Daphne Oz — mom of four and new host of MasterChef Junior, premiering this fall on Fox — talks to PEOPLE about self-care and parenting during the pandemic
Sweat It Out
Exercising is such a welcome moment to clear my head these days. It makes me better at taking care of everyone else around me to have had that moment to focus on doing something great for myself. I love keeping it interesting and experimenting to find the methods that really click with my brain and body.
I discovered P.volve* a couple months ago and loved their focus on targeted, precise movements in sync with the way your body naturally moves to create long, lean strength and tone. There's a big focus on bringing your internal corset (a.k.a. waist!) back too, so it’s been an amazing tool for postpartum recovery.
I have streamed my P.volve everywhere from my living room to my hallway to my bathroom, and that functionality in a crowded house with lots of kids underfoot is crucial to my being able to follow through! If you give it a try, my favorite equipment they sell is the Ultimate P.volve Bundle.
*Disclaimer: Oz is a P.volve partner.
Connect with Fellow Mamas
I feel very lucky to have gotten to connect with so many other mothers and parenting experts through [my podcast with Hilaria Baldwin], Mom Brain, and we have had some fascinating conversations in the last few weeks on resilience, how kids learn best and creating a practice of mothering ourselves. Sharing these ideas feels especially helpful and uplifting now.
The thing we keep hearing over and over is that it's most important to be the source of unconditional love, stability and fun our kids need their mommies to be right now (and always). The good news is that this fundamental role is something we actually have control over in this surreal time.
Make New Traditions
I was driving myself crazy the first couple weeks, so I shifted my focus to be on filling this time at home with as many happy traditions and memories as possible.
Yes, we have a million Zoom meetings and the house feels extra chaotic at times. But we bake a cake every Friday. We build forts and don't clean them up right away. My kids have me crafting (I am not a crafter). We do elaborate treasure hunts around the house. We do lots of movie nights and read extra books before bed. My hope is that these are the moments we are all going to remember.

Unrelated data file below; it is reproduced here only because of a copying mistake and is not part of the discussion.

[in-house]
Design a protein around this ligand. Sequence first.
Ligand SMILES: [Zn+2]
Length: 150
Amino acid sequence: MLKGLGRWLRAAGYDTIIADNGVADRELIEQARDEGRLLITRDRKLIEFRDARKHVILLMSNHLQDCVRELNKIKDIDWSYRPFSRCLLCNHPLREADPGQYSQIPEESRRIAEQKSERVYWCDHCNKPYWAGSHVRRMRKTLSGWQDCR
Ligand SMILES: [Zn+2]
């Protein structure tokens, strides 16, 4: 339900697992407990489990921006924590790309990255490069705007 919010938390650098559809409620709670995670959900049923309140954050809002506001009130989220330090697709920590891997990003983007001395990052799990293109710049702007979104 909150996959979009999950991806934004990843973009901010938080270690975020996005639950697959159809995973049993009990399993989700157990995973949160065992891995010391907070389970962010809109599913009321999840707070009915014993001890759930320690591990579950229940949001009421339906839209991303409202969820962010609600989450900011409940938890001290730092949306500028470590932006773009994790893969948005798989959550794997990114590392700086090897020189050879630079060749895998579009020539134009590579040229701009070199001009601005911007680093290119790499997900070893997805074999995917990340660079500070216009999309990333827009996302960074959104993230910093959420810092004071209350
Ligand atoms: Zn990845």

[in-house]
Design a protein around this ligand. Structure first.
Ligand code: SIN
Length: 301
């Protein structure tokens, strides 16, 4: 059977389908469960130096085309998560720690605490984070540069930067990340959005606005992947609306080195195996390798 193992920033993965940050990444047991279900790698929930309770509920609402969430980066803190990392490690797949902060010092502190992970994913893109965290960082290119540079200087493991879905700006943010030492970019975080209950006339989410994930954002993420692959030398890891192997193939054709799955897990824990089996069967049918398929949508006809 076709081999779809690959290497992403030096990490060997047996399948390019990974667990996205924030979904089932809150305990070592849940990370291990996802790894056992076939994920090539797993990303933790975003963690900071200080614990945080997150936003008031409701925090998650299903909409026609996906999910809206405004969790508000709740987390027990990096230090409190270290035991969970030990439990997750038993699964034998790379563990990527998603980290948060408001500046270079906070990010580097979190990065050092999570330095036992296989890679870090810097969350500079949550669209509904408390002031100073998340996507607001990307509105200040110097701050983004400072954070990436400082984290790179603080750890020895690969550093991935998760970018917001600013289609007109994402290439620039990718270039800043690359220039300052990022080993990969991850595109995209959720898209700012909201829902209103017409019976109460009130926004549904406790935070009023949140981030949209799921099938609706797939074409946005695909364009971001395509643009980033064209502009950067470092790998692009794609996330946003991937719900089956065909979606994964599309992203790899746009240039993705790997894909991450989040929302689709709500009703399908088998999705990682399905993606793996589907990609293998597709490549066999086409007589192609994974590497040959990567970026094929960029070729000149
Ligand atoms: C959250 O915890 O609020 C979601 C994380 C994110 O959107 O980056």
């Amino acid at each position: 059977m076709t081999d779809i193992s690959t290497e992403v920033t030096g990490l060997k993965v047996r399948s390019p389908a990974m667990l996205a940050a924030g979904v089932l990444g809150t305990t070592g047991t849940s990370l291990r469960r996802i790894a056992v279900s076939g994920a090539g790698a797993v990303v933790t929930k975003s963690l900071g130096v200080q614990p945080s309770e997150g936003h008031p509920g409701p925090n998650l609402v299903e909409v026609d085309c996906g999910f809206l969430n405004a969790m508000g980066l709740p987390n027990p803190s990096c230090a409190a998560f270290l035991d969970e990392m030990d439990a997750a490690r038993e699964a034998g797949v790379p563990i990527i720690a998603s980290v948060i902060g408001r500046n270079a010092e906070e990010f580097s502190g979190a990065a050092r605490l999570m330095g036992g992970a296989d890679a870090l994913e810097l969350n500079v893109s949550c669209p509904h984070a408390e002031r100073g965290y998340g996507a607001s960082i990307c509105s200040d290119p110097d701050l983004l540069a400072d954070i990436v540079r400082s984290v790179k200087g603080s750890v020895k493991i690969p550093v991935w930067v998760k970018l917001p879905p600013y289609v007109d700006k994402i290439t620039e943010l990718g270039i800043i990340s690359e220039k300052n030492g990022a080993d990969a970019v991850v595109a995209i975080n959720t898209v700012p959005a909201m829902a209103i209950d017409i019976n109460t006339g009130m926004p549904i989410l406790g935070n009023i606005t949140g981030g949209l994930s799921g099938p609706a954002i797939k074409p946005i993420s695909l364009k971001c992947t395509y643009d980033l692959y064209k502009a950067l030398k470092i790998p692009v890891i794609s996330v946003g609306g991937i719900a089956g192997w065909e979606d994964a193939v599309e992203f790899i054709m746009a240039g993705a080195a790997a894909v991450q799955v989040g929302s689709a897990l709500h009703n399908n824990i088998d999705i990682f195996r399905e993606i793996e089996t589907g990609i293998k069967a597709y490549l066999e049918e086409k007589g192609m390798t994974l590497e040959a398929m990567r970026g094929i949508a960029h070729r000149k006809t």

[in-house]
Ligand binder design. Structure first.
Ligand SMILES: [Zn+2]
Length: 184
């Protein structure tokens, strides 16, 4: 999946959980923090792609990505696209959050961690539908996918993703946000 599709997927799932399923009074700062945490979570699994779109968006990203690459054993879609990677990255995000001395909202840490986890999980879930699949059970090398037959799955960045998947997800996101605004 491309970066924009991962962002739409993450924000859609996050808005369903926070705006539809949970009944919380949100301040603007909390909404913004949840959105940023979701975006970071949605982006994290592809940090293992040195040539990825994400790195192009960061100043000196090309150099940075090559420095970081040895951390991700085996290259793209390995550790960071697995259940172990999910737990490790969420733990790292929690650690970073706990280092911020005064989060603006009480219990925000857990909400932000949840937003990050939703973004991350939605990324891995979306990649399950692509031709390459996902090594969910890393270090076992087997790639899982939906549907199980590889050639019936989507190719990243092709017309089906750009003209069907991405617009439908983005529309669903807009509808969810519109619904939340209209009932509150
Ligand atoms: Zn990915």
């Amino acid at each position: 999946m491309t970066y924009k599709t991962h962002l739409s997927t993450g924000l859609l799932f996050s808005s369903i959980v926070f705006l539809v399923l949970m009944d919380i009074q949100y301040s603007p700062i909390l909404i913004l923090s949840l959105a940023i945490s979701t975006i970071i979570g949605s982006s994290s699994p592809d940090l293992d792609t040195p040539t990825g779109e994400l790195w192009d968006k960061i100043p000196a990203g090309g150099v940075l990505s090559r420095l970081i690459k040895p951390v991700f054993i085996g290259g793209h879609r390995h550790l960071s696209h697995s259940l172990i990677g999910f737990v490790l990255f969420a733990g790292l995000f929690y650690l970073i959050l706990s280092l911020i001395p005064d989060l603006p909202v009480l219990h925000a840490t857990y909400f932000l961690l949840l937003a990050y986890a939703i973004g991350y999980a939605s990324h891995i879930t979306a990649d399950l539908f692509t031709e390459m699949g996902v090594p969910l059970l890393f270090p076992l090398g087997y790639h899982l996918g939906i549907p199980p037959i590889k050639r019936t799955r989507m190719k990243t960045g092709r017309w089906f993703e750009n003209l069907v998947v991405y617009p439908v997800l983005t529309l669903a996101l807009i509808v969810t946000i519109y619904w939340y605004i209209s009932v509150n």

Put on Jeans Once a Week
This started as a rebellion against the fact that I had not worn 95 percent of my closet in a month, and became one of my favorite ways to check in on myself and my progress. Clothes don't lie. The jeans are good because they're positive reinforcement not to get too used to pants with no waistbands.
We've started doing a dress-up day too, because my kids think it's fun (so do I) and what's the point of being home all the time if you can't live it up a little? Put on your jewelry and your favorite gown and suddenly cereal feels very special.
Cooking Is Therapy
Put on your favorite playlist and don't overthink it. Most of us are cooking more at home now, and it's great to have a few pantry staples that make it simple to pull together nutrient-dense, delicious meals. I have never made more beans in my entire life, haha. They're in soups and tacos and breakfast scrambles.
I always have a few bags of Alexia Frozen Organic Sweet Potato Fries in my freezer to round out lunch or dinner. These are one of my favorite easy ways to make a meal feel a bit more indulgent while keeping reasonably healthy. I'll tuck these in the oven while I roast chicken or salmon and toss together a big, leafy green salad. The kids are obsessed with them. The trick is to coat them in a little oil and salt and spread in a thin, even layer before baking at 350°F until crisp and golden brown.
I cut a sturdy cardboard box in half to create privacy screens/space dividers for my kids at the dining table where they were doing their distance learning sessions just to try to keep them from getting distracted by each other and it was a GAME-CHANGER!
The Elmer's Trifold Corrugate Project Display Board is the real deal if you can find it at Target, but the box trick worked wonders. They decorated the inside day by day with stickers, drawings, maps, words they want to learn, etc.